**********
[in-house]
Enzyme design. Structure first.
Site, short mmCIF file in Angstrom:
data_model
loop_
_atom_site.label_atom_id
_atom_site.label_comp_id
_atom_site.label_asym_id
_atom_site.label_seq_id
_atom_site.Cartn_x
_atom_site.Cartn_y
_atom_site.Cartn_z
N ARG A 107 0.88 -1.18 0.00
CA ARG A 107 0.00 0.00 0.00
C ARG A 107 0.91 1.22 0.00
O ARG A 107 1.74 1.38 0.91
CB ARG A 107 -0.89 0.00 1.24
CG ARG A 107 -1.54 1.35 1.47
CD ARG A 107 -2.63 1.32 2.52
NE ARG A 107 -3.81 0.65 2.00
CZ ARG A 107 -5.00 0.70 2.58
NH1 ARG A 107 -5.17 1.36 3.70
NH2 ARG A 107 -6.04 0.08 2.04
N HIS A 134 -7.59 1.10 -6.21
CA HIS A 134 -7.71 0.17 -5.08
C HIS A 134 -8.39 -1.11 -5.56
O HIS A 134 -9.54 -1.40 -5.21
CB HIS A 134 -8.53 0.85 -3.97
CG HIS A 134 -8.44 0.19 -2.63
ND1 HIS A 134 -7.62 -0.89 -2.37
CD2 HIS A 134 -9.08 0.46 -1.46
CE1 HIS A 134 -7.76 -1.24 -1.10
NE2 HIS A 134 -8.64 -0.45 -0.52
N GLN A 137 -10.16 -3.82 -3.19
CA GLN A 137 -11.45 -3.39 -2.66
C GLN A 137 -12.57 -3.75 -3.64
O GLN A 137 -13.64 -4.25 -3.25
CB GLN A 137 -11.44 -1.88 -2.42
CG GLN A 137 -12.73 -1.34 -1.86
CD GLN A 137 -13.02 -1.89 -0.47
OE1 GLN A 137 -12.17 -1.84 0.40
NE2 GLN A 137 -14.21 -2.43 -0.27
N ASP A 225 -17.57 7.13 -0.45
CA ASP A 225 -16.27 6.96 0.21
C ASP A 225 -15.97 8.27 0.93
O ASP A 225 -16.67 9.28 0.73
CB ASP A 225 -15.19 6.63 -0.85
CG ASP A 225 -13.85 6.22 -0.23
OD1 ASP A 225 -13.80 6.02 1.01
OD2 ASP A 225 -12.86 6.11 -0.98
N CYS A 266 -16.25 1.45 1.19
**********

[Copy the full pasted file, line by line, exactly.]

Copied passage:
[in-house]
Enzyme design. Structure first.
Site, short mmCIF file in Angstrom:
data_model
loop_
_atom_site.label_atom_id
_atom_site.label_comp_id
_atom_site.label_asym_id
_atom_site.label_seq_id
_atom_site.Cartn_x
_atom_site.Cartn_y
_atom_site.Cartn_z
N ARG A 107 0.88 -1.18 0.00
CA ARG A 107 0.00 0.00 0.00
C ARG A 107 0.91 1.22 0.00
O ARG A 107 1.74 1.38 0.91
CB ARG A 107 -0.89 0.00 1.24
CG ARG A 107 -1.54 1.35 1.47
CD ARG A 107 -2.63 1.32 2.52
NE ARG A 107 -3.81 0.65 2.00
CZ ARG A 107 -5.00 0.70 2.58
NH1 ARG A 107 -5.17 1.36 3.70
NH2 ARG A 107 -6.04 0.08 2.04
N HIS A 134 -7.59 1.10 -6.21
CA HIS A 134 -7.71 0.17 -5.08
C HIS A 134 -8.39 -1.11 -5.56
O HIS A 134 -9.54 -1.40 -5.21
CB HIS A 134 -8.53 0.85 -3.97
CG HIS A 134 -8.44 0.19 -2.63
ND1 HIS A 134 -7.62 -0.89 -2.37
CD2 HIS A 134 -9.08 0.46 -1.46
CE1 HIS A 134 -7.76 -1.24 -1.10
NE2 HIS A 134 -8.64 -0.45 -0.52
N GLN A 137 -10.16 -3.82 -3.19
CA GLN A 137 -11.45 -3.39 -2.66
C GLN A 137 -12.57 -3.75 -3.64
O GLN A 137 -13.64 -4.25 -3.25
CB GLN A 137 -11.44 -1.88 -2.42
CG GLN A 137 -12.73 -1.34 -1.86
CD GLN A 137 -13.02 -1.89 -0.47
OE1 GLN A 137 -12.17 -1.84 0.40
NE2 GLN A 137 -14.21 -2.43 -0.27
N ASP A 225 -17.57 7.13 -0.45
CA ASP A 225 -16.27 6.96 0.21
C ASP A 225 -15.97 8.27 0.93
O ASP A 225 -16.67 9.28 0.73
CB ASP A 225 -15.19 6.63 -0.85
CG ASP A 225 -13.85 6.22 -0.23
OD1 ASP A 225 -13.80 6.02 1.01
OD2 ASP A 225 -12.86 6.11 -0.98
N CYS A 266 -16.25 1.45 1.19